• lastly, a dynamic enclosure for the power units (a.k.a. a toiletries bag in which the batteries were stuffed, suspended from around my neck by a length of string).

The choice of a sphere for the head was intentional, so that it would be possible in theory to position a camera at any desired orientation. The flat-backed camera (a straight line) would intersect with the sphere (a circle) at its tangent, and the sphere is a circle on every axis so that intersection could in principle occur at any location on its surface. With the hook+loop attachment, this offers a (low-tech) ‘infinite variety’ of camera orientations.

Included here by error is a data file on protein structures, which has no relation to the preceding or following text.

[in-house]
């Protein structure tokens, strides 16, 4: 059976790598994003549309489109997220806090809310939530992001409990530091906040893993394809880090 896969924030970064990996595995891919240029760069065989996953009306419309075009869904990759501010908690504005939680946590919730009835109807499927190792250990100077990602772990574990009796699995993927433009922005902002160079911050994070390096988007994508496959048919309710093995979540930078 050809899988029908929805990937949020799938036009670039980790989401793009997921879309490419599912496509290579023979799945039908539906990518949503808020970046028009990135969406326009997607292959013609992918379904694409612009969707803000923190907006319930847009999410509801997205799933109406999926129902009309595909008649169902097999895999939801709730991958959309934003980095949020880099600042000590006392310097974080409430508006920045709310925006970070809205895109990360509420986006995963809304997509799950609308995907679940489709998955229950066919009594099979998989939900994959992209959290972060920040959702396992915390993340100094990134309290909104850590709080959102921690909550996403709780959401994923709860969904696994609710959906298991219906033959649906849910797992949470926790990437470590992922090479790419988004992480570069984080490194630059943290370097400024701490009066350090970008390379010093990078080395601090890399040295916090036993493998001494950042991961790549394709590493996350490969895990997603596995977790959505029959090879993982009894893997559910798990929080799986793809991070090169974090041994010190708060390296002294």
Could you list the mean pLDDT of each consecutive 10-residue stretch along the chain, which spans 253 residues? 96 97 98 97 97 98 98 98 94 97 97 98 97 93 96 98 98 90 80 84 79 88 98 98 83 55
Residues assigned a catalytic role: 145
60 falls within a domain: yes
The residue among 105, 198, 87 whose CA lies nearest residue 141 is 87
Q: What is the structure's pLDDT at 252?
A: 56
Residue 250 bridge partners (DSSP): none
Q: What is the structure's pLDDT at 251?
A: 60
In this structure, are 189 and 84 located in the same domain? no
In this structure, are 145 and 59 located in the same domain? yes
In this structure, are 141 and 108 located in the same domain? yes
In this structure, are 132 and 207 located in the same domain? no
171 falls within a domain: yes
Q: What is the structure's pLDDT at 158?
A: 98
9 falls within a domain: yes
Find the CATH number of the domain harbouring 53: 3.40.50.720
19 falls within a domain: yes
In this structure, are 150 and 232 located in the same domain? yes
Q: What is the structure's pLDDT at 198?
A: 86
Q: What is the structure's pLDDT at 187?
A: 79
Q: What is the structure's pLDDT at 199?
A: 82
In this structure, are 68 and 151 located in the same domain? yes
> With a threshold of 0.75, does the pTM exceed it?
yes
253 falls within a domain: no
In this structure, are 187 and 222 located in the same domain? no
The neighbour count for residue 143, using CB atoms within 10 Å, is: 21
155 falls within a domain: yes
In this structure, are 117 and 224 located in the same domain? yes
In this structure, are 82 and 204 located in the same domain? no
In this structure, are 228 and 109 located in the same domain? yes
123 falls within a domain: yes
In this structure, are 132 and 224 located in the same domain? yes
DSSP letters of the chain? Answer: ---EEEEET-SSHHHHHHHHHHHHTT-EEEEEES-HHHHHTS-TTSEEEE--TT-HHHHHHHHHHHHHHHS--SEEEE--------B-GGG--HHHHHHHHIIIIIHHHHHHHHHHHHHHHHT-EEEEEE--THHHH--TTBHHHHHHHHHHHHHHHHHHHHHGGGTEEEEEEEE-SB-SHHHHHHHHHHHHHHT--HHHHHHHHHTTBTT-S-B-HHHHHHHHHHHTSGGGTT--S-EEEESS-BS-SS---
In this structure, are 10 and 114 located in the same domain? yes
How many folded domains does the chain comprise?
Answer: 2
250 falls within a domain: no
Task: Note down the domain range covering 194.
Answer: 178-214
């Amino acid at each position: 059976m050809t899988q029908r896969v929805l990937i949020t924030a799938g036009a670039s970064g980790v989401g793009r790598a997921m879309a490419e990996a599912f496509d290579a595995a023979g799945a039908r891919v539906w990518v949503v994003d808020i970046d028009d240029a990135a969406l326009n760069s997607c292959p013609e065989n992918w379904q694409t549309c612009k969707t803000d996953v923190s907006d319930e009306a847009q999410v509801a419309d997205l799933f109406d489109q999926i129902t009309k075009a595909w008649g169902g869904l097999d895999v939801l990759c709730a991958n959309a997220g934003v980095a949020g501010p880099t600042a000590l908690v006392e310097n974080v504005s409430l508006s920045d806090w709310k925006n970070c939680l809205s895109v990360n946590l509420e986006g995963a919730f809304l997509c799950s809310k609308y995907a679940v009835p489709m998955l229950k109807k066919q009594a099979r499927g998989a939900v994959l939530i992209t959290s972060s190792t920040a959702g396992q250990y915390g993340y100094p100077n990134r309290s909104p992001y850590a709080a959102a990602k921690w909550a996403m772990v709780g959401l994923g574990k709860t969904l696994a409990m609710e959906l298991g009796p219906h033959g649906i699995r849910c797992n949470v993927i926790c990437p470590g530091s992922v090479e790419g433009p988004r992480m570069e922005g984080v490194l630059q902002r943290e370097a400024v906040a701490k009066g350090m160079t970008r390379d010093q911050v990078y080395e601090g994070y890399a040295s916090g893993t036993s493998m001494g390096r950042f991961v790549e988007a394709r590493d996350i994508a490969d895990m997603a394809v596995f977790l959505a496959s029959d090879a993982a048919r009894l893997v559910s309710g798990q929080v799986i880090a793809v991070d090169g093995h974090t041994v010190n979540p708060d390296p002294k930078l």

The Raspberry Pi camera unit comprises a camera, attached via cable to a computer, attached via cable to a power source. I originally investigated the use of camera extension cables, namely 2 metre cables between each camera and its corresponding computer. All this so it would be possible to have a multi-cam head with small dimensions (e.g. 8 sensors on a 5cm sphere, preparing the ground for 24+ sensors attached to a 30cm sphere, mountable atop an autonomous terrestrial vehicle and/or underside an autonomous aerial vehicle to facilitate rapid surveying). This was fine for one camera, unfortunately for cable routing purposes when 8 of those 2m cables were clumped together this resulted in significant signal interference. It would be possible to counter that interference through superior cable management (i.e. not just bundling them all together and running them down the handle in a single clump). Due to time constraints I opted to directly attach the computer+cameras to the rig head, and instead employ lengthy power cables so at least the weighty power units could be decentralised from the rig head+handle.